PARIS (Reuters) - Digital currency could be useful as cash transactions dwindle in some countries but central banks should be in charge of issuing it, not private companies, Bank of France Governor Francois Villeroy de Galhau said on Saturday.
Spurred by the rise of cryptocurrencies and Facebook’s plans to launch its Libra currency, central banks worldwide are looking into the possibility of issuing digital money to prevent the loss of state control over money.
Villeroy said the proposals were not a reaction to Facebook’s plan, responding instead to fast-evolving technology and some banks’ need for digital currency. He added that private citizens could also start wanting an alternative to cash.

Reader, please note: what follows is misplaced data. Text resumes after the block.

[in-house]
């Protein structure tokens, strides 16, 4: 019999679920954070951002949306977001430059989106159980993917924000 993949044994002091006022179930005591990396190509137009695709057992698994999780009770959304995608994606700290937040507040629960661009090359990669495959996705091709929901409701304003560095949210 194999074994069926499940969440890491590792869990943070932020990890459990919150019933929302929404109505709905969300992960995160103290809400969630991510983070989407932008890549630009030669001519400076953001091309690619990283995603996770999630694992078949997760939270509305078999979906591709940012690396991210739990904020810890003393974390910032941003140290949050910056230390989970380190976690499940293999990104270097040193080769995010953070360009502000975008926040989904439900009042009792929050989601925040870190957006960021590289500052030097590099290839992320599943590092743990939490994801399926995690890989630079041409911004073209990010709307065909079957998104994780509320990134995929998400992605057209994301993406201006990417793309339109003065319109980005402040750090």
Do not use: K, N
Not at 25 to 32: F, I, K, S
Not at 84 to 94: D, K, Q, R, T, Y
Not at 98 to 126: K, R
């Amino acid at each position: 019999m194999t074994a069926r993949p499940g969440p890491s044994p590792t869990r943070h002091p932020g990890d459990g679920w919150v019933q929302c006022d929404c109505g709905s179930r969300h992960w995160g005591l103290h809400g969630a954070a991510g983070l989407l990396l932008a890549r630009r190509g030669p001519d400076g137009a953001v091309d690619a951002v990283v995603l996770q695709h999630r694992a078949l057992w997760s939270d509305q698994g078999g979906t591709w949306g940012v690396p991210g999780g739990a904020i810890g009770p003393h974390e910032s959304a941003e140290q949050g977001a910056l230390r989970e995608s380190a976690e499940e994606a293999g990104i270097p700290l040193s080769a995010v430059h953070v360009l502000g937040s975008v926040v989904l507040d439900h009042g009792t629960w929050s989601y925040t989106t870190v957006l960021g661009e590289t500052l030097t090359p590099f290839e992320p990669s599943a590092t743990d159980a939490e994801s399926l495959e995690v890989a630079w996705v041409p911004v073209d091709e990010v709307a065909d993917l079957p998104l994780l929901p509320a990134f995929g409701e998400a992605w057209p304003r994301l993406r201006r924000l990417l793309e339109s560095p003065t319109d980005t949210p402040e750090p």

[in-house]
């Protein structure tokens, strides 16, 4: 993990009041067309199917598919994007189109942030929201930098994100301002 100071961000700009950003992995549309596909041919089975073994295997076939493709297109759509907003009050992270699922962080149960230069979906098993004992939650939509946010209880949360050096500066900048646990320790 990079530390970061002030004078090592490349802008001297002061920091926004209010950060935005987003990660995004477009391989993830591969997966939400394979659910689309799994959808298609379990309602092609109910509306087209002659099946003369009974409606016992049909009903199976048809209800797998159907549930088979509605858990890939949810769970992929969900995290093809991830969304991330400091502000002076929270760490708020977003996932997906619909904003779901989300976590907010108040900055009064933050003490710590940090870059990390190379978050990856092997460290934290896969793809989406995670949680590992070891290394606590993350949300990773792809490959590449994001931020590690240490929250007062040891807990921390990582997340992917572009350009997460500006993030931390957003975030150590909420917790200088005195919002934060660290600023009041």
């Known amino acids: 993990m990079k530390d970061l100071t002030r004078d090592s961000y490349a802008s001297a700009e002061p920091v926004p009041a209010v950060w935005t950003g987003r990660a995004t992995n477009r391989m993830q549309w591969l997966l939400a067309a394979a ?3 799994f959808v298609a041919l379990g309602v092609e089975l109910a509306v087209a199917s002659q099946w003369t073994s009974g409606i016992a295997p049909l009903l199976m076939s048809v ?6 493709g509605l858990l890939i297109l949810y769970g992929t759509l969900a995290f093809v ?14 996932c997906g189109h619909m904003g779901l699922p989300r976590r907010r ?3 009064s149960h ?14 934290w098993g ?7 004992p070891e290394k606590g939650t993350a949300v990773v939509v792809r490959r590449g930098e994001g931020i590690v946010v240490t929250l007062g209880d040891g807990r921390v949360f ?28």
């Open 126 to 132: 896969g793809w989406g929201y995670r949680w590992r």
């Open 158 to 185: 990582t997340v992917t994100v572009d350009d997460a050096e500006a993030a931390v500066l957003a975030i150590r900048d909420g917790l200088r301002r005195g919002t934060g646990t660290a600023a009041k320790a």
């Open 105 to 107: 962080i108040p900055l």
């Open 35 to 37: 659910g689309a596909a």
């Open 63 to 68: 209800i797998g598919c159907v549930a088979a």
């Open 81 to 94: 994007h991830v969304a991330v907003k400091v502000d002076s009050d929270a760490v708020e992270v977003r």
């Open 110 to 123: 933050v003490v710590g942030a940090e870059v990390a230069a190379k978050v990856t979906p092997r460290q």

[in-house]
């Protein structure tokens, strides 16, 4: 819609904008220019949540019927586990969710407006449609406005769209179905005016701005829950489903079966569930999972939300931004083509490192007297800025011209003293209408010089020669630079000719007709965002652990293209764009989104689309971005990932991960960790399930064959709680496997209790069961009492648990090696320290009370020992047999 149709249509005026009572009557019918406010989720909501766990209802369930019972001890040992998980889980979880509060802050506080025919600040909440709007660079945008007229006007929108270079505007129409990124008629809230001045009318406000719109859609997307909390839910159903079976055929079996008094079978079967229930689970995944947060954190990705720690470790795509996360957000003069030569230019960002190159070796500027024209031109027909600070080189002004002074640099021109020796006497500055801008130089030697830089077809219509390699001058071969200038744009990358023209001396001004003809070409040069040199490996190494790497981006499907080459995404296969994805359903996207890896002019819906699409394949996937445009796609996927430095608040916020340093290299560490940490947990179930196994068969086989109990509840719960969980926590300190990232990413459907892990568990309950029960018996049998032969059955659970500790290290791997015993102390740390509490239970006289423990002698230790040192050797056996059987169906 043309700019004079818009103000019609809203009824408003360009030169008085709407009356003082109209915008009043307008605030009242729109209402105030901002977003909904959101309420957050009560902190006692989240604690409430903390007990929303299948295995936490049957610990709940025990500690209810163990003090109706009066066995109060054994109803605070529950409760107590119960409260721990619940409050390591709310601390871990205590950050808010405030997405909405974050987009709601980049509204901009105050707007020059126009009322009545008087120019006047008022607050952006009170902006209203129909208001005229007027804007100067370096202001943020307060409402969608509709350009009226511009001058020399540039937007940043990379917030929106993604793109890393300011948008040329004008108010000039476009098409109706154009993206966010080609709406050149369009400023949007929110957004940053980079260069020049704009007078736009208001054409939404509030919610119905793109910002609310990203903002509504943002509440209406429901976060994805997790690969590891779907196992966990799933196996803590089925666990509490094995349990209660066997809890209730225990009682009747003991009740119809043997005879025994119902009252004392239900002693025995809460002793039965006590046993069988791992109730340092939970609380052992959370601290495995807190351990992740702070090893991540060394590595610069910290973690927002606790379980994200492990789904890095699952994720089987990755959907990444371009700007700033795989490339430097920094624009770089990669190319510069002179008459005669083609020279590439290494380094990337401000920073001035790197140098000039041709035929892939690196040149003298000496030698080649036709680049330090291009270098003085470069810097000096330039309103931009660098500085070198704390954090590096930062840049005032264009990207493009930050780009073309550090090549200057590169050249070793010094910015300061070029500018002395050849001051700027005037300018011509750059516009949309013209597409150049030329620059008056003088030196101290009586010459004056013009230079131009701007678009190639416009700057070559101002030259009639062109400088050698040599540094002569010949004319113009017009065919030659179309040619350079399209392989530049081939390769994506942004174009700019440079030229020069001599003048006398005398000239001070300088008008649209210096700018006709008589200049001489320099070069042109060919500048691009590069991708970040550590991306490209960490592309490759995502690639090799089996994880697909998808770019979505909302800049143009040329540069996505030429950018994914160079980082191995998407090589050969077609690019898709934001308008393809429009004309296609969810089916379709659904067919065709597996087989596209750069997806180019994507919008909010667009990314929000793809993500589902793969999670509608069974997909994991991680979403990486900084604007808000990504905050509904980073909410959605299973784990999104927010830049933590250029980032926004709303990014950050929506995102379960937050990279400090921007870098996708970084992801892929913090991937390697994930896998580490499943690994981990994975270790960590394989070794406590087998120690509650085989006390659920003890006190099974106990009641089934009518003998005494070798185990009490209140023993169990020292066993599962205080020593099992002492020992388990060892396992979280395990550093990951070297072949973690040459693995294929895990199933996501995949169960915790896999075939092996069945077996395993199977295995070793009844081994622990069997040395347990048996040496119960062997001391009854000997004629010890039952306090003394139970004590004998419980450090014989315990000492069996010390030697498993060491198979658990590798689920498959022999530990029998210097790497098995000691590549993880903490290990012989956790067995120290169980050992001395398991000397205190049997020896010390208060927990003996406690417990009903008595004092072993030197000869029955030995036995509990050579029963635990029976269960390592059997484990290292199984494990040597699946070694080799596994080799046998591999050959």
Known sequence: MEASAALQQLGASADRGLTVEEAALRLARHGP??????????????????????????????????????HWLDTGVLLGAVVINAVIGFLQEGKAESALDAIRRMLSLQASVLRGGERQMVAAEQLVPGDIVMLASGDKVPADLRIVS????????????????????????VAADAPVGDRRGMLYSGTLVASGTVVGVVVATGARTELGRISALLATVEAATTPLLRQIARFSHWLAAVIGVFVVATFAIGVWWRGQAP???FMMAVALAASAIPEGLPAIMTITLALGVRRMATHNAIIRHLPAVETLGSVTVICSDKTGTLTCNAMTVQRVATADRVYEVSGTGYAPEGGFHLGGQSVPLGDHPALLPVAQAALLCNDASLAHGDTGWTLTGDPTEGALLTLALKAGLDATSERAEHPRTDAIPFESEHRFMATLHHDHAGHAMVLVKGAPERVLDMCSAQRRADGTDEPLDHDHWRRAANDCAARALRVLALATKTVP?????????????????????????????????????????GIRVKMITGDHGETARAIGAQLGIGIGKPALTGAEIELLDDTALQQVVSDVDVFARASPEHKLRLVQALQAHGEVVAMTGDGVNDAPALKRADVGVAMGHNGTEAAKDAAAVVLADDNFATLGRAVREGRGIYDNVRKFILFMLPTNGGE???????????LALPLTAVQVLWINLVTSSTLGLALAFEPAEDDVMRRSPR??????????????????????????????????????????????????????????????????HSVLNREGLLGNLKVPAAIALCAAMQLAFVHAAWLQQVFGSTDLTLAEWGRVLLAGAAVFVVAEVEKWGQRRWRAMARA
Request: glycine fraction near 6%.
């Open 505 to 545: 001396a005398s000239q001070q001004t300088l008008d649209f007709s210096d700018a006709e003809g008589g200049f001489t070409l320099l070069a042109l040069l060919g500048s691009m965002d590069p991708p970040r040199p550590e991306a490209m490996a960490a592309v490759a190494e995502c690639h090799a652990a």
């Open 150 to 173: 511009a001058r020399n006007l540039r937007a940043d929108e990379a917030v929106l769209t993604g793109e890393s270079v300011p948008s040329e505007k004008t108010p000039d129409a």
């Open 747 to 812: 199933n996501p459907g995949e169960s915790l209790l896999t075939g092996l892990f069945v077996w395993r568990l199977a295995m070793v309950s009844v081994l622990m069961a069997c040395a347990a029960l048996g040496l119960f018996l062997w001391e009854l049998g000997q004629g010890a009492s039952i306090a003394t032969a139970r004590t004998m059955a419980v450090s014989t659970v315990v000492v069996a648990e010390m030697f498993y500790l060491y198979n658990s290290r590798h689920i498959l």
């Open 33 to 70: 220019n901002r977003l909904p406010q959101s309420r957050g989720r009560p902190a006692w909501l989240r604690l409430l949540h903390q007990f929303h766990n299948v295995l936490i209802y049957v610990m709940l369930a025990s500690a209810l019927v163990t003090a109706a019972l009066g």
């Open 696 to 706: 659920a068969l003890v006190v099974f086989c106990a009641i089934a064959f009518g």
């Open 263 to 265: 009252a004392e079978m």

“In some northern European countries, notably Sweden and the Netherlands, the use of bank notes is falling extremely quickly and they are wondering whether we need to give citizens the right to digital money that is no longer a physical bank note but which has the same quality, notably the security of a central bank,” he told France Inter radio.
Asked whether such digital money could be issued by private companies, Villeroy said “currency cannot be private, money is a public good of sovereignty”.
He added that central banks were planning experiments with digital money and that the issue would be studied by the Eurosystem euro zone central banks.
Reporting by Geert De Clercq; Editing by Helen Popper